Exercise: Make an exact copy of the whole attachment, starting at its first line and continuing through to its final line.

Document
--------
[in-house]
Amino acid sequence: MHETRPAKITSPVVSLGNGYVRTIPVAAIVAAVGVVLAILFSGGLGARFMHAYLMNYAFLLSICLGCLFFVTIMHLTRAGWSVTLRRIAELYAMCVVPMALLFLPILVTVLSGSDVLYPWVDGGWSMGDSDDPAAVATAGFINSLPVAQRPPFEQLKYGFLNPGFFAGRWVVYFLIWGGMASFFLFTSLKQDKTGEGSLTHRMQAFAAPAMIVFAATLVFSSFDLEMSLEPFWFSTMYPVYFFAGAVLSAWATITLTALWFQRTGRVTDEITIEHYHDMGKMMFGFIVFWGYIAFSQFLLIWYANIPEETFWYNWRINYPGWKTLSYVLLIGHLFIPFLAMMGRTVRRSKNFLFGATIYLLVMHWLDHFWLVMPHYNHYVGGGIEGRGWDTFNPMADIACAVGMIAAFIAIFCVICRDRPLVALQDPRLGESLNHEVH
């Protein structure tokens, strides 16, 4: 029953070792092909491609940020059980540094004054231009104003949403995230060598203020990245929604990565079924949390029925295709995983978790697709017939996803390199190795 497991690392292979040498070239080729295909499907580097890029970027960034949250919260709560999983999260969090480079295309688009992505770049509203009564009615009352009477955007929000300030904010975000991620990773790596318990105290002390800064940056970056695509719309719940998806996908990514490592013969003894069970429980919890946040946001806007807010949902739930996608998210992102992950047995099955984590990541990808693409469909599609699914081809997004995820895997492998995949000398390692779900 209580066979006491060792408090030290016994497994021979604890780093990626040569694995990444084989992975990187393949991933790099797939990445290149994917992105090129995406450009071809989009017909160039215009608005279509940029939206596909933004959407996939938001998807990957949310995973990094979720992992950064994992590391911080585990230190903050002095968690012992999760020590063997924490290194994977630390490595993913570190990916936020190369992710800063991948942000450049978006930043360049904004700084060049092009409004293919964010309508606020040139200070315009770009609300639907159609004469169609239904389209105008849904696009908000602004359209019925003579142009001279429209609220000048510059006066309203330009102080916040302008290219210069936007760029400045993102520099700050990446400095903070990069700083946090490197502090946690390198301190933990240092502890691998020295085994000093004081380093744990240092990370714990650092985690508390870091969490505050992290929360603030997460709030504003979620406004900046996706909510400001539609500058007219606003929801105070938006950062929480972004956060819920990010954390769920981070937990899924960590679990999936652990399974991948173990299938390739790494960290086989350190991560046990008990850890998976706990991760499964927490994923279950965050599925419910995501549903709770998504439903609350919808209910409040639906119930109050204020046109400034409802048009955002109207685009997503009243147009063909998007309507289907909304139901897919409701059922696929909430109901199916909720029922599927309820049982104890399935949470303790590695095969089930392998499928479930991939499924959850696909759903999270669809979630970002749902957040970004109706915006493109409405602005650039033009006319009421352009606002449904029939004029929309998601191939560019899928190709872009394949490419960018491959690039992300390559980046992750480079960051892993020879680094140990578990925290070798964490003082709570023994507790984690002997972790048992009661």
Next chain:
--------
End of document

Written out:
[in-house]
Amino acid sequence: MHETRPAKITSPVVSLGNGYVRTIPVAAIVAAVGVVLAILFSGGLGARFMHAYLMNYAFLLSICLGCLFFVTIMHLTRAGWSVTLRRIAELYAMCVVPMALLFLPILVTVLSGSDVLYPWVDGGWSMGDSDDPAAVATAGFINSLPVAQRPPFEQLKYGFLNPGFFAGRWVVYFLIWGGMASFFLFTSLKQDKTGEGSLTHRMQAFAAPAMIVFAATLVFSSFDLEMSLEPFWFSTMYPVYFFAGAVLSAWATITLTALWFQRTGRVTDEITIEHYHDMGKMMFGFIVFWGYIAFSQFLLIWYANIPEETFWYNWRINYPGWKTLSYVLLIGHLFIPFLAMMGRTVRRSKNFLFGATIYLLVMHWLDHFWLVMPHYNHYVGGGIEGRGWDTFNPMADIACAVGMIAAFIAIFCVICRDRPLVALQDPRLGESLNHEVH
């Protein structure tokens, strides 16, 4: 029953070792092909491609940020059980540094004054231009104003949403995230060598203020990245929604990565079924949390029925295709995983978790697709017939996803390199190795 497991690392292979040498070239080729295909499907580097890029970027960034949250919260709560999983999260969090480079295309688009992505770049509203009564009615009352009477955007929000300030904010975000991620990773790596318990105290002390800064940056970056695509719309719940998806996908990514490592013969003894069970429980919890946040946001806007807010949902739930996608998210992102992950047995099955984590990541990808693409469909599609699914081809997004995820895997492998995949000398390692779900 209580066979006491060792408090030290016994497994021979604890780093990626040569694995990444084989992975990187393949991933790099797939990445290149994917992105090129995406450009071809989009017909160039215009608005279509940029939206596909933004959407996939938001998807990957949310995973990094979720992992950064994992590391911080585990230190903050002095968690012992999760020590063997924490290194994977630390490595993913570190990916936020190369992710800063991948942000450049978006930043360049904004700084060049092009409004293919964010309508606020040139200070315009770009609300639907159609004469169609239904389209105008849904696009908000602004359209019925003579142009001279429209609220000048510059006066309203330009102080916040302008290219210069936007760029400045993102520099700050990446400095903070990069700083946090490197502090946690390198301190933990240092502890691998020295085994000093004081380093744990240092990370714990650092985690508390870091969490505050992290929360603030997460709030504003979620406004900046996706909510400001539609500058007219606003929801105070938006950062929480972004956060819920990010954390769920981070937990899924960590679990999936652990399974991948173990299938390739790494960290086989350190991560046990008990850890998976706990991760499964927490994923279950965050599925419910995501549903709770998504439903609350919808209910409040639906119930109050204020046109400034409802048009955002109207685009997503009243147009063909998007309507289907909304139901897919409701059922696929909430109901199916909720029922599927309820049982104890399935949470303790590695095969089930392998499928479930991939499924959850696909759903999270669809979630970002749902957040970004109706915006493109409405602005650039033009006319009421352009606002449904029939004029929309998601191939560019899928190709872009394949490419960018491959690039992300390559980046992750480079960051892993020879680094140990578990925290070798964490003082709570023994507790984690002997972790048992009661």
Next chain: